Australia's Convict Colonies

By | March 1, 2019

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The arrival of the first prisoners at the Botany Bay penal colony, Port Jackson. The day has become a holiday, designated the National Day of Australia. Source: (Time Life Pictures/Mansell/The LIFE Picture Collection/Getty Images)

Why Australia?

Over the course of sixty years, nearly 150,000 criminals were taken from Great Britain to Australia. The prevailing thought of the upper ruling class was that criminals were defective people that could not be rehabilitated but needed to be separated from the genetically pure and law-abiding citizens. Lawbreakers were killed or exiled. Great Britain had been sending all their prisoners to America, but once America won the Revolutionary War, that door was closed so Great Britain had to look for an alternative.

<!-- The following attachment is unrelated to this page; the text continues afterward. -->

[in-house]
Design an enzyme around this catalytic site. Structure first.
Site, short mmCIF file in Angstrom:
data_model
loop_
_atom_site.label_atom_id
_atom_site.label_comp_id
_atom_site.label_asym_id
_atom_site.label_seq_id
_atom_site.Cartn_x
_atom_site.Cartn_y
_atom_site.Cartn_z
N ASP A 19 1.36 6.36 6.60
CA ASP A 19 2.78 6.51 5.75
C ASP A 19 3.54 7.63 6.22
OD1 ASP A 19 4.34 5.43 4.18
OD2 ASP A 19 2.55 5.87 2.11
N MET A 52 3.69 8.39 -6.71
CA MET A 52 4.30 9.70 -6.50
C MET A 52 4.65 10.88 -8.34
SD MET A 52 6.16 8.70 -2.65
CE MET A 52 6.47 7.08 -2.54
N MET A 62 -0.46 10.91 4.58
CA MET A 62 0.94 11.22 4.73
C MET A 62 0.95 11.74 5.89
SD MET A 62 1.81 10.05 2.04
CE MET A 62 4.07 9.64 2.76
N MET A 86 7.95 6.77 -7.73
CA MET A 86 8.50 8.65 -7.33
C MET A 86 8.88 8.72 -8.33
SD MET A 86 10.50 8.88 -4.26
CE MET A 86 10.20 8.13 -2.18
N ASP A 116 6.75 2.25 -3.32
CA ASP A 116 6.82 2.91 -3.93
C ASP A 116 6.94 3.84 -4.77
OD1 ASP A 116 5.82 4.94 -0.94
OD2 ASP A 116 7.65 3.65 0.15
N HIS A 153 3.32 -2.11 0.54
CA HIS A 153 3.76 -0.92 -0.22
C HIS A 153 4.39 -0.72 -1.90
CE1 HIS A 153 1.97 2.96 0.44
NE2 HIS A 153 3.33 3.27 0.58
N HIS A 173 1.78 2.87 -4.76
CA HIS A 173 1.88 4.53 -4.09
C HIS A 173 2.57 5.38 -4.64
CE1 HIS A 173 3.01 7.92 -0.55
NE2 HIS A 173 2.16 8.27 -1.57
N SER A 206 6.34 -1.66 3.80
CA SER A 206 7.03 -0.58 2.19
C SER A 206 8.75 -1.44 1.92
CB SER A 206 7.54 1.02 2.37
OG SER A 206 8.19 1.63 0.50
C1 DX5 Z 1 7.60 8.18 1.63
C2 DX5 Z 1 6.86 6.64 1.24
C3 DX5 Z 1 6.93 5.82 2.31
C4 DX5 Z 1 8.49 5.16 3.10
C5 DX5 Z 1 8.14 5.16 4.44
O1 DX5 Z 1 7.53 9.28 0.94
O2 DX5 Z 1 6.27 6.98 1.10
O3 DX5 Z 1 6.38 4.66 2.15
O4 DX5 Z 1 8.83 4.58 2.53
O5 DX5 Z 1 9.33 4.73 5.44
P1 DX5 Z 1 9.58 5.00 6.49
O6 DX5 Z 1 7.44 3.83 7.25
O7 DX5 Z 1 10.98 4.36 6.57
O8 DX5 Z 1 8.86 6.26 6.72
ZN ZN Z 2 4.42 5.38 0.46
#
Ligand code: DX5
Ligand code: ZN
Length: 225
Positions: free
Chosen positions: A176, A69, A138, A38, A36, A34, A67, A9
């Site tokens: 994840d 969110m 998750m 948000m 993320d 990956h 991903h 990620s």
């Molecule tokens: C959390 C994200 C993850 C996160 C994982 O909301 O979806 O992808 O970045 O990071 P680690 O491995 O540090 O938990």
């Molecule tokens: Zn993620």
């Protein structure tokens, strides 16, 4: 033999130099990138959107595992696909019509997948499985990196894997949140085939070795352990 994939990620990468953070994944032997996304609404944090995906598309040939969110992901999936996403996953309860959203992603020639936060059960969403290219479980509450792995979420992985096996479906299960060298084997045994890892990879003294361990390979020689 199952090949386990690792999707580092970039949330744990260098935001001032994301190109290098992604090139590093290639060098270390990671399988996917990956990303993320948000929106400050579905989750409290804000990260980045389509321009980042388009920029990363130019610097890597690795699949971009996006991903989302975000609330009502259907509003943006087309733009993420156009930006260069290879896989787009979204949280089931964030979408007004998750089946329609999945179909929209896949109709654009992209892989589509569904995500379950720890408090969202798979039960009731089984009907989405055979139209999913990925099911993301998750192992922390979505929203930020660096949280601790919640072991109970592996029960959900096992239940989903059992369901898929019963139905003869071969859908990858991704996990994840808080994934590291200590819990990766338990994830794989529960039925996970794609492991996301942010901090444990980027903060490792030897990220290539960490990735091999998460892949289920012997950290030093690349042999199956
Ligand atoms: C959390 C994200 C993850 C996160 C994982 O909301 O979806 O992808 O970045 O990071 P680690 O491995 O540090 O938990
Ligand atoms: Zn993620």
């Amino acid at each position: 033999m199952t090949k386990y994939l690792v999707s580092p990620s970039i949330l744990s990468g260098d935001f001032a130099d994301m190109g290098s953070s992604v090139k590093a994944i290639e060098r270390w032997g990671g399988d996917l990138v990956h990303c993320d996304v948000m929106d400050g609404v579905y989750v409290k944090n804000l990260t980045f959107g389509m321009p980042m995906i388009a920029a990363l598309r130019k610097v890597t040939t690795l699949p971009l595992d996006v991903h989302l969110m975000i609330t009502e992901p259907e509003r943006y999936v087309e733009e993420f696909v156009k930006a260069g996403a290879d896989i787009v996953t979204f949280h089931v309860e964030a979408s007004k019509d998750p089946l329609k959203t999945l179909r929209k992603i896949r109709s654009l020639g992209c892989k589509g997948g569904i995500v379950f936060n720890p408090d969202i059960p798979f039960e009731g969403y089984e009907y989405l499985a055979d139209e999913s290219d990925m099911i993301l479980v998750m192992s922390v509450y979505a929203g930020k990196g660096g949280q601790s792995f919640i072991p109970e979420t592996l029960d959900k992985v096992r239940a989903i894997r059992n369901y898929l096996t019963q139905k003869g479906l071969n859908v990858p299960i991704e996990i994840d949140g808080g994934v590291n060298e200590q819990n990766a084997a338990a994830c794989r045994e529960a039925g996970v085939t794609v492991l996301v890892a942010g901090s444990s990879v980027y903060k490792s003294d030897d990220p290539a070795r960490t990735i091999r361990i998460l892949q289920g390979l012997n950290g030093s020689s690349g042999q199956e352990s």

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Prisoner transport route from Great Britain to Australia. Source: (

The First Prisoners

In 1770, James Cook claimed possession of the east coast of Australia for Britain. In order to keep the French from claiming it, Britain decided to set up their penal colony there. The first fleet consisting of eleven convict ships left Britain in 1787, heading to Australia. They arrived at Botany Bay in January of 1788. They founded Sydney, the very first European settlement on the continent.